The current pandemic has forced us to think about the plight of workers in our country. While the virus has demonstrated the enormous value of health workers, it has also enhanced public awareness of the pivotal role of migrant workers in our economy. We have been compelled to realise that between 100 million to 125 million people leave their villages, families and homes to find work far away wherever they can find it; their invisible hands harvest the crops and feed us, clean streets, run factories, build roads, and construct our houses.
The trek back home
Living away from home is never easy. A home is not made of brick and mortar, certainly not tin or planks of wood. It is where one finds comfort, nurtures relationships, and raises a family. It gives sanctuary from daily struggles. An extension of one’s identity, it provides us a sense of belonging. A place of tranquillity and serenity, it is where one longs to be when not there. This can only be where one’s family, friends and community reside, not an inhospitable, overcrowded room with strangers. Not surprisingly, hungry migrant workers were determined to trudge hundreds of kilometres to reach “home” in their village. I believe many would have preferred to do so even if they were fed by their employers or the State, which clearly they were not. Surely, they were entirely justified in asking why Indians stranded abroad were flown back in special planes or middle-class students brought back to their hometowns from coaching centres in Kota, Rajasthan, but no such arrangements were made for them? Why this differential treatment? Are they not citizens of the same country? Are they any less Indian?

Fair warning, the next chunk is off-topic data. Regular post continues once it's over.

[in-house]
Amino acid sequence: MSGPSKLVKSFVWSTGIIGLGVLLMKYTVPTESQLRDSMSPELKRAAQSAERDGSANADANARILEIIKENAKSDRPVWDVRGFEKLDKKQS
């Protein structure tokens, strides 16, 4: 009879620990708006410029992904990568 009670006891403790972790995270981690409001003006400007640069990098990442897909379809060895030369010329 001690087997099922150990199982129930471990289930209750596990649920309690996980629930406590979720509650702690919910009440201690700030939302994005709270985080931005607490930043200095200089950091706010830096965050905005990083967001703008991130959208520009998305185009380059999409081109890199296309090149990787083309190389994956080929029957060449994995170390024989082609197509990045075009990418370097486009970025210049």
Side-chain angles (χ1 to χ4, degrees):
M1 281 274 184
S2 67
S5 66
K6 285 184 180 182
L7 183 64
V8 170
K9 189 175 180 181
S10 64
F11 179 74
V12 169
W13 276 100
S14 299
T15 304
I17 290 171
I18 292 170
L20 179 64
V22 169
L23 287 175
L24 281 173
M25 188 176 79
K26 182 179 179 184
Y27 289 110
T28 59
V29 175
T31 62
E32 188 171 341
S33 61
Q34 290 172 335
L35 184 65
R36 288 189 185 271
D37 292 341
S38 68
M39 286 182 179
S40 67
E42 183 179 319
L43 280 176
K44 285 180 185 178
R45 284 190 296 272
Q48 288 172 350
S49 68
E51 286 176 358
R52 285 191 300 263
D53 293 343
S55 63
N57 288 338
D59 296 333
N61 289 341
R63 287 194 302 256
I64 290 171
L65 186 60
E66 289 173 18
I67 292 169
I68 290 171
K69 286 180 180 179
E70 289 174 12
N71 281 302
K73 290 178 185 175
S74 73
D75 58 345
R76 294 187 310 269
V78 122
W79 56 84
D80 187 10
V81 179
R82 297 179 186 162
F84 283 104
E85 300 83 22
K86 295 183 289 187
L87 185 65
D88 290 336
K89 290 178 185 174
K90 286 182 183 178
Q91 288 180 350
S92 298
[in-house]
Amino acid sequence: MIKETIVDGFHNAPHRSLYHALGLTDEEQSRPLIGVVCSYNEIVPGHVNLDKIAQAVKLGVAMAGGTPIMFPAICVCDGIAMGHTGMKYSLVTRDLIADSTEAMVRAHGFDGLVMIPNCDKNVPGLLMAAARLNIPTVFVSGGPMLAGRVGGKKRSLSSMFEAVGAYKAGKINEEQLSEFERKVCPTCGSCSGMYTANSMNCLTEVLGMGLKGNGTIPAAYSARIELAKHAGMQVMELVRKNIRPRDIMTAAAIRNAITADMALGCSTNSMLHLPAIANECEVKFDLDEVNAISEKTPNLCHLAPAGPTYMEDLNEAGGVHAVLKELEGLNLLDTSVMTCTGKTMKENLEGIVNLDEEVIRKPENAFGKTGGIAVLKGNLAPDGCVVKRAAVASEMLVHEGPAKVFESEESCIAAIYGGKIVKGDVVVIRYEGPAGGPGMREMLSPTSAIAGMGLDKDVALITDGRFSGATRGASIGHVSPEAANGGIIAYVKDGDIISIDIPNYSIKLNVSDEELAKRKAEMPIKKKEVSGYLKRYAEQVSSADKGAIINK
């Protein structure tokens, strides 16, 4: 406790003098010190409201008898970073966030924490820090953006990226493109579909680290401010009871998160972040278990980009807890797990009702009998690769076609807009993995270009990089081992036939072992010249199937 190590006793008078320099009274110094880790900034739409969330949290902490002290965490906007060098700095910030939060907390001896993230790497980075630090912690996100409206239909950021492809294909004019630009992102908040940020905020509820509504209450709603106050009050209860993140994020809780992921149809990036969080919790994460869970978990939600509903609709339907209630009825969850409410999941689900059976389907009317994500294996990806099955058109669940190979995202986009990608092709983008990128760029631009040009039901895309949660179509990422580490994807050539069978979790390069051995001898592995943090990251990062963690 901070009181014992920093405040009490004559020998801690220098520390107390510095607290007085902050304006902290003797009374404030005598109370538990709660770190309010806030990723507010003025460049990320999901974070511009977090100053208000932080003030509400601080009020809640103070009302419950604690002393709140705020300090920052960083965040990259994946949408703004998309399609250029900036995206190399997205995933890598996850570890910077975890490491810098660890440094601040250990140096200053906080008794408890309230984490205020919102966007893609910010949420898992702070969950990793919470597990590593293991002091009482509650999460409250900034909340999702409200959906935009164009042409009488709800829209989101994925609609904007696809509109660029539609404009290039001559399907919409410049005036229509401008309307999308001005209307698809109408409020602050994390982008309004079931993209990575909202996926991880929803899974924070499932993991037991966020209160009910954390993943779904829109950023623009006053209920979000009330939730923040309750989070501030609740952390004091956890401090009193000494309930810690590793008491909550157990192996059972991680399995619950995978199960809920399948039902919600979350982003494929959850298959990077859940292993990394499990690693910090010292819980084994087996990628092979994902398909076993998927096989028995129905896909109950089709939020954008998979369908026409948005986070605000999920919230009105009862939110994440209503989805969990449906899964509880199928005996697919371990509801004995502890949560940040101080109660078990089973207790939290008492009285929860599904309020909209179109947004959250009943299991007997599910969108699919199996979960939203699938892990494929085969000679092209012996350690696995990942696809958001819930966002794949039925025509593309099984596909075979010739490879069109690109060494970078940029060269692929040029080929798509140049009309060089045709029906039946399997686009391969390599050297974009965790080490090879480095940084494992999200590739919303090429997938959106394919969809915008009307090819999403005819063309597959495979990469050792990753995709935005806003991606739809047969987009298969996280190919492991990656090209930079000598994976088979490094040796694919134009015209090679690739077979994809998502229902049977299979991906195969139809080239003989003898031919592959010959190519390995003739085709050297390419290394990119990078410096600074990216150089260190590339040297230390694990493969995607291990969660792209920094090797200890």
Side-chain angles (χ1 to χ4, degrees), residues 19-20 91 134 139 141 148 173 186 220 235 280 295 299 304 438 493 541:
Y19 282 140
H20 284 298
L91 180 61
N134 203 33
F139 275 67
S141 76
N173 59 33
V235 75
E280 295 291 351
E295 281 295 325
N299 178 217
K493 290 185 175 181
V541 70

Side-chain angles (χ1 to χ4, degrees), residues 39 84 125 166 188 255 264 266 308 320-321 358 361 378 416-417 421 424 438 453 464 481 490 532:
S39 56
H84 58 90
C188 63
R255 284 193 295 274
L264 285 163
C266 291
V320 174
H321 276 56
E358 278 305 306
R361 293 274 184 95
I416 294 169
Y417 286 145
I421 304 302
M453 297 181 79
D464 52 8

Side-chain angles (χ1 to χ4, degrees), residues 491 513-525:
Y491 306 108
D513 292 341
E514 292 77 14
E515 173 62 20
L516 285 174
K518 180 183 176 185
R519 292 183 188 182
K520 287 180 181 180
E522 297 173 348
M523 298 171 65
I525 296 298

Full coverage | Lockdown displaces lakhs of migrants
Condition in ‘normal’ times